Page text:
1 October 2014

New Street Grill

Blink and you'll miss it. New Street Grill is tucked down an alley, a stone's throw away from Liverpool Street station, but far enough off the beaten track that you'd never know it was there. I hadn't heard of it until J invited me out for L's birthday; I found them all sitting outside in the very summery Old Bengal Bar garden. You see, the Old Bengal Warehouse - apparently London's oldest surviving spice and tobacco warehouse in the City - houses not one but three bar/restaurants and a wine shop. The guys at D&D have been busy.

We moved next door into the New Street Grill and while waiting for G, ordered the first of our three bottles of red (which helpfully I now can't remember the name of, other than it was a Cote du Rhone). The restaurant's dark and seductive - lots of leather and low lighting for getting lost in - and divided up into booths and tables, all flanked by a floor to ceiling wall-length wine fridge that houses some of the 350 bottles on offer. The menu is leather bound too and brought with the wine and warm bread, making decisions hard as drinking and eating take over. 

With a nod to its name, there is indeed a selection of dishes from the grill - from cuts of Angus and wagyu beef to lobster - but also a 'crustacea' section offering oysters and a shellfish platter, and partridge and grouse for the gamier tastes. Alongside the a la carte, they also offer a Saturday set menu (three courses and an after dinner cocktail for £24.50) which was far too tempting to pass up. 

I started with the venison carpaccio - the expertly thin slices of sweet were perfectly sweet, coupled with the tangy parmesan and rocket, and a nice alternative to the standard beef. From there I was tempted by the braised daube of beef with creamed potatoes and red wine jus (which looked amazing) but went for the slightly more predictable pan fried seabass, celeriac puree and braised leeks. I just like seabass, okay?! Perfectly crispy skin, smooth puree and buttery leeks - I just wish there had been more of it. Very small sides of buttery new potatoes and baby carrots were nice accompaniments but the lobster macaroni was (unsuccessfully) calling my name.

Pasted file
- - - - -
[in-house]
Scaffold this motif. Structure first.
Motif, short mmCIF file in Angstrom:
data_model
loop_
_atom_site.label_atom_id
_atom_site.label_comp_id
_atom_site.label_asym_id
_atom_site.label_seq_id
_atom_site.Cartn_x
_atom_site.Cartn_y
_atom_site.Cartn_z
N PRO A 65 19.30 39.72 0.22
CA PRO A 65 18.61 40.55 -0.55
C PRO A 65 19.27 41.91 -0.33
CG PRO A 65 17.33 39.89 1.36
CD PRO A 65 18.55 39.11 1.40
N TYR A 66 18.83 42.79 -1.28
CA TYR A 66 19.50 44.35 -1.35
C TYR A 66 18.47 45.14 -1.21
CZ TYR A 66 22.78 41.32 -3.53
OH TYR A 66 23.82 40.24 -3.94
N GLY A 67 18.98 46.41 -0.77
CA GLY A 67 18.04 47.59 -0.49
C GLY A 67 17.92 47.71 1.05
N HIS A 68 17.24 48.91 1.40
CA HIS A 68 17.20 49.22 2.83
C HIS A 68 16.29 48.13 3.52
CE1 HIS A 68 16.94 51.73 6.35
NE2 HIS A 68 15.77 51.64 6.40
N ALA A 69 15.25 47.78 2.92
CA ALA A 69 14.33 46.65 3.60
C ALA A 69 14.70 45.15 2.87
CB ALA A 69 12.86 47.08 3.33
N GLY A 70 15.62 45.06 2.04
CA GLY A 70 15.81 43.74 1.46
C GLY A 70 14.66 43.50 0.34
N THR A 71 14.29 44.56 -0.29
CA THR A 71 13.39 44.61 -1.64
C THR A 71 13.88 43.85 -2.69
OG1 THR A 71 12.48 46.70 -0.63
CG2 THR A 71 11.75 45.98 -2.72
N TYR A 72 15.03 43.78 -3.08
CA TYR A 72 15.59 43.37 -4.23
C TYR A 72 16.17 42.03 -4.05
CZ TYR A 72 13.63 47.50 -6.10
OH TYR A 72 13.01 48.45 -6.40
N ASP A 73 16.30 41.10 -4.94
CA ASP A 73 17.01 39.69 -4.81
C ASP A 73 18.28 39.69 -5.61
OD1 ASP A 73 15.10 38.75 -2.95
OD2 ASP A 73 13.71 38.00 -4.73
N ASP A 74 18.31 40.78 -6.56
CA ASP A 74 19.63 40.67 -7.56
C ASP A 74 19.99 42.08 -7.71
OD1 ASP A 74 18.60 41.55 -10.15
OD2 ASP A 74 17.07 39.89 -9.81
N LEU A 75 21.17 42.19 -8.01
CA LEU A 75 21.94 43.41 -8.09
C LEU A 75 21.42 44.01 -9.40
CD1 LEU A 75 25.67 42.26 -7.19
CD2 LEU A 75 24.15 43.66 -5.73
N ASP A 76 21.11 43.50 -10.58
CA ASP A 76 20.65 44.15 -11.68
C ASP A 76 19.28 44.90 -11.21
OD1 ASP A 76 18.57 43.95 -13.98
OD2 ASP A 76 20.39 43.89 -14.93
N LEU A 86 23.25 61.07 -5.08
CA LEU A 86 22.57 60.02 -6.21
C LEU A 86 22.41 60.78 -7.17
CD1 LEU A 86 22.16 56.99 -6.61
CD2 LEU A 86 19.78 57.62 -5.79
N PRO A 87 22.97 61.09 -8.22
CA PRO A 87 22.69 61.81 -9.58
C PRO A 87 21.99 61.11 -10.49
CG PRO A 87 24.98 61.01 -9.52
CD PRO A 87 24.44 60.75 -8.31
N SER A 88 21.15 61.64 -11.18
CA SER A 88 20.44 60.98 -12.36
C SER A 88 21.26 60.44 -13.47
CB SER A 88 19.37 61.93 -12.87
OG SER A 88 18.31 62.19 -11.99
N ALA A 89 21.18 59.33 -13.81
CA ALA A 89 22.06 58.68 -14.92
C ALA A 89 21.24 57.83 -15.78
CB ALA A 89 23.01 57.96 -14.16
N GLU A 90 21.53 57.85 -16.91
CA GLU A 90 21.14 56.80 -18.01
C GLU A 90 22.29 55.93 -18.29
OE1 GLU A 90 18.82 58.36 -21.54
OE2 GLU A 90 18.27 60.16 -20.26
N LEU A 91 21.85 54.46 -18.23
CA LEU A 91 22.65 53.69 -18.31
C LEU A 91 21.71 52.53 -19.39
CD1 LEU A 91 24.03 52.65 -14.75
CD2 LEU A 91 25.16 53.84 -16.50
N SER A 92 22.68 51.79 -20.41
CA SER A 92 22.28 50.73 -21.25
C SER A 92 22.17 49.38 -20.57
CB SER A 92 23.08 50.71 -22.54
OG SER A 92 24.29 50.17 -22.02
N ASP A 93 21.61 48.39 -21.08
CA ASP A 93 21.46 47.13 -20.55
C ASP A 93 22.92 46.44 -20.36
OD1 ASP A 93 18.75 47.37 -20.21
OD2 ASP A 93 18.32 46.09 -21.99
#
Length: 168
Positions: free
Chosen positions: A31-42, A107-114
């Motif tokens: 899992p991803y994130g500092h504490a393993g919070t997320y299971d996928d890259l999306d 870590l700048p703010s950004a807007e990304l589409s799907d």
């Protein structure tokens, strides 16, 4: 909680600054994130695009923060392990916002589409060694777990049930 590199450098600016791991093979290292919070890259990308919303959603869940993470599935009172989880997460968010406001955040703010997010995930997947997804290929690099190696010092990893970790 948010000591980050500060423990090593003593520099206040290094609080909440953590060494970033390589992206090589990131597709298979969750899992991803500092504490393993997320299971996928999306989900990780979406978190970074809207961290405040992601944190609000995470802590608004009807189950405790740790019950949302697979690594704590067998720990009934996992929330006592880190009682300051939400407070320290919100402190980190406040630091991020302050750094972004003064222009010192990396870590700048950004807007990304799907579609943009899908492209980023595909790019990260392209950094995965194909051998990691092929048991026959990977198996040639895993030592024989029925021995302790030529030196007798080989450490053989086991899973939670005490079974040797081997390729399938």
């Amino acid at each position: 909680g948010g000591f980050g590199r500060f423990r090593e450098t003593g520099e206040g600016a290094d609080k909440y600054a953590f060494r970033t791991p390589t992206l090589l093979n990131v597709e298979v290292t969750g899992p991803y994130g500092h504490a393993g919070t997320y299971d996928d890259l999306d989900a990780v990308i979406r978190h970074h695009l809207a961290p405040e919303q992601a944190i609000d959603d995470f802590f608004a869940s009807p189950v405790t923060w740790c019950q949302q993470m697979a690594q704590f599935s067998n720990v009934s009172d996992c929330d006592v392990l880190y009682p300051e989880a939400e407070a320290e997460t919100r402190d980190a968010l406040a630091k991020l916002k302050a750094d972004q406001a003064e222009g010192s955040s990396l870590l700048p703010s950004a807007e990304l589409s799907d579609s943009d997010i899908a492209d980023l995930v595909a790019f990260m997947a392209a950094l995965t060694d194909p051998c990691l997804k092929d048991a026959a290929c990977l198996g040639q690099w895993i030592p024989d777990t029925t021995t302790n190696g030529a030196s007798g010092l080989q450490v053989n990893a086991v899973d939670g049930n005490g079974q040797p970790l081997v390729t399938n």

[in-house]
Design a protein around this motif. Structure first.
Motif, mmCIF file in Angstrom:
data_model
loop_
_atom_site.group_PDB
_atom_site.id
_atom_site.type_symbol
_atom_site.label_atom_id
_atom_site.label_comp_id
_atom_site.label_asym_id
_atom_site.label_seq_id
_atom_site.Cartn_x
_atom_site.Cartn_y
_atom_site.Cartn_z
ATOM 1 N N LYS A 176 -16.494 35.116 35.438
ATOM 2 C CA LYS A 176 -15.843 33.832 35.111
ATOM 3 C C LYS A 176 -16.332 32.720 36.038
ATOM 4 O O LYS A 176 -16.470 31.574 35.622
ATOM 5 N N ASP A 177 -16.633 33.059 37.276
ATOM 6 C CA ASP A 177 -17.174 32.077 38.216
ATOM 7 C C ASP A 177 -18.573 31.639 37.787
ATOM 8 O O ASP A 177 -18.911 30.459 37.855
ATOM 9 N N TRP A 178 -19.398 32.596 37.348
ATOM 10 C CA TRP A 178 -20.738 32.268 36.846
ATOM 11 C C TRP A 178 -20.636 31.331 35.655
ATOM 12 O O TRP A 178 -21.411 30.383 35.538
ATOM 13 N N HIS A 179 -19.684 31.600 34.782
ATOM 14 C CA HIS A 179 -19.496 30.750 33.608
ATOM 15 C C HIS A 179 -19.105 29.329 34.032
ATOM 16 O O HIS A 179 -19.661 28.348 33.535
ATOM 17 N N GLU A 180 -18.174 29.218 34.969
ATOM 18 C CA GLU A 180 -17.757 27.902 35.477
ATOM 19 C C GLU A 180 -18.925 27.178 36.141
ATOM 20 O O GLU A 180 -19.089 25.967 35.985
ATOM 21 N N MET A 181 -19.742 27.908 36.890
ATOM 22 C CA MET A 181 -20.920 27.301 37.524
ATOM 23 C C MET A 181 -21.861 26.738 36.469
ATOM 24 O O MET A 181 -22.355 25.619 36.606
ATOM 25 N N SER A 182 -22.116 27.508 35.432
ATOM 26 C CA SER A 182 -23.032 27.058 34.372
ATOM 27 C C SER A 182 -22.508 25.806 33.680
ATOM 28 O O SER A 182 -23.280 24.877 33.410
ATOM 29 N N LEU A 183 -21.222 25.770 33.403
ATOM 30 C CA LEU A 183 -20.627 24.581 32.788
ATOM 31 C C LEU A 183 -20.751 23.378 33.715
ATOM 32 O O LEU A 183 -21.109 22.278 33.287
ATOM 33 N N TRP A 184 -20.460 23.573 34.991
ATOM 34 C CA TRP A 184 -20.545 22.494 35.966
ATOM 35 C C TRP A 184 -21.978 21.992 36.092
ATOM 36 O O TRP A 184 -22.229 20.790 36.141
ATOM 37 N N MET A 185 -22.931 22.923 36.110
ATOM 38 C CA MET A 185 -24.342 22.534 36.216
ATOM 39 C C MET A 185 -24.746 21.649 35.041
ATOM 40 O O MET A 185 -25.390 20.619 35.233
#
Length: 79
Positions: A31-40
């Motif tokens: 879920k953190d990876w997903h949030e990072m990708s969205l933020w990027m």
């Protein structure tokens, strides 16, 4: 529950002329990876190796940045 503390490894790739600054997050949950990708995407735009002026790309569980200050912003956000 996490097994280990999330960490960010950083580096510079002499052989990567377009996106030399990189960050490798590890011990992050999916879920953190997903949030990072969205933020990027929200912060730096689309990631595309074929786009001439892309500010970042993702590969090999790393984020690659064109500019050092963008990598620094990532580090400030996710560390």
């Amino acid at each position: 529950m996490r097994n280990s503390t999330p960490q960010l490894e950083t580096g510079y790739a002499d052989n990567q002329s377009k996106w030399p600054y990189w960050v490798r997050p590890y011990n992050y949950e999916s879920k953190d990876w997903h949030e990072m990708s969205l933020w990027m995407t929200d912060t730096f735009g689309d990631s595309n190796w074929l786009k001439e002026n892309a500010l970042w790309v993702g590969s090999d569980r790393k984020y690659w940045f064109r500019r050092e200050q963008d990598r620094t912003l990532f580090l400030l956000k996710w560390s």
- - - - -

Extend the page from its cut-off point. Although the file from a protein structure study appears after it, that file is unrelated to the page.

Dessert was a mixed bunch - I went for the iced brownie parfait which was a real disappointment. Sizeable chunks of brownie but the accompanying ice cream was practically tasteless and left me hankering for the Colston Basset stilton and spiced pear chutney that the others had chosen. 

We'd drank the place out of the Cotes du Rhone at this point so decided to settle up and head next door for our complimentary cocktail. A more industrial but still dark sliver of space, the Old Bengal Bar promised to get busy later but never really delivered. Nonetheless, the cocktail was pretty good - Mount Gay Black Barrel rum, Maraschino liquor, grapefruit juice with lime and sugar syrup. A bit of a knock out after all.

New Street Grill has its pros and cons - it promises to be a 'destination' and could be a real star in an area of the city that is pretty underserved in smarter restaurants, and the service is very friendly and attentive, but the food is just a touch underwhelming and the Bengal Bar a little 'Deliverance' in style. Three and a half out of five.

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